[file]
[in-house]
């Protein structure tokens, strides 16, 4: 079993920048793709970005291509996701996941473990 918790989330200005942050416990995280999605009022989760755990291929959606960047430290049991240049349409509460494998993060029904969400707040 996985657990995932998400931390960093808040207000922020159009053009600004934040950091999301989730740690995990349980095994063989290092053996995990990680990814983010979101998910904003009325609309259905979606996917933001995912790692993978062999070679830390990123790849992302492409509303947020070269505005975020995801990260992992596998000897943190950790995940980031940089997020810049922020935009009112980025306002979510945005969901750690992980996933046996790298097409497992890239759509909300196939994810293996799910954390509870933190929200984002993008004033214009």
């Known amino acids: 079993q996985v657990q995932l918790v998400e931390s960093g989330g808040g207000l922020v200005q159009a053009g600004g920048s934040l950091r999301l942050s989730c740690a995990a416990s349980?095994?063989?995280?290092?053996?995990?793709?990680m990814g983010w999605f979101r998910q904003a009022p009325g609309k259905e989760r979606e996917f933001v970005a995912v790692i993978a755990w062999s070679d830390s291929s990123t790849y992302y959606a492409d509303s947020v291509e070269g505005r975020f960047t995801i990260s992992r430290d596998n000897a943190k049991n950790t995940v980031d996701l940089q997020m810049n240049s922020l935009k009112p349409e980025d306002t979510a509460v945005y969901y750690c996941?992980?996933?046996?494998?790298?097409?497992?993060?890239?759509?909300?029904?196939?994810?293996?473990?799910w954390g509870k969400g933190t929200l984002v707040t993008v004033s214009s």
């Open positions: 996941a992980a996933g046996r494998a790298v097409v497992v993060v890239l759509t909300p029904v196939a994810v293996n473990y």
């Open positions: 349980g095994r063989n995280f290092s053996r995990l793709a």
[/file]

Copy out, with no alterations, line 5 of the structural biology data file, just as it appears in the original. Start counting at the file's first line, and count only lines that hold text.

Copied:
């Open positions: 349980g095994r063989n995280f290092s053996r995990l793709a």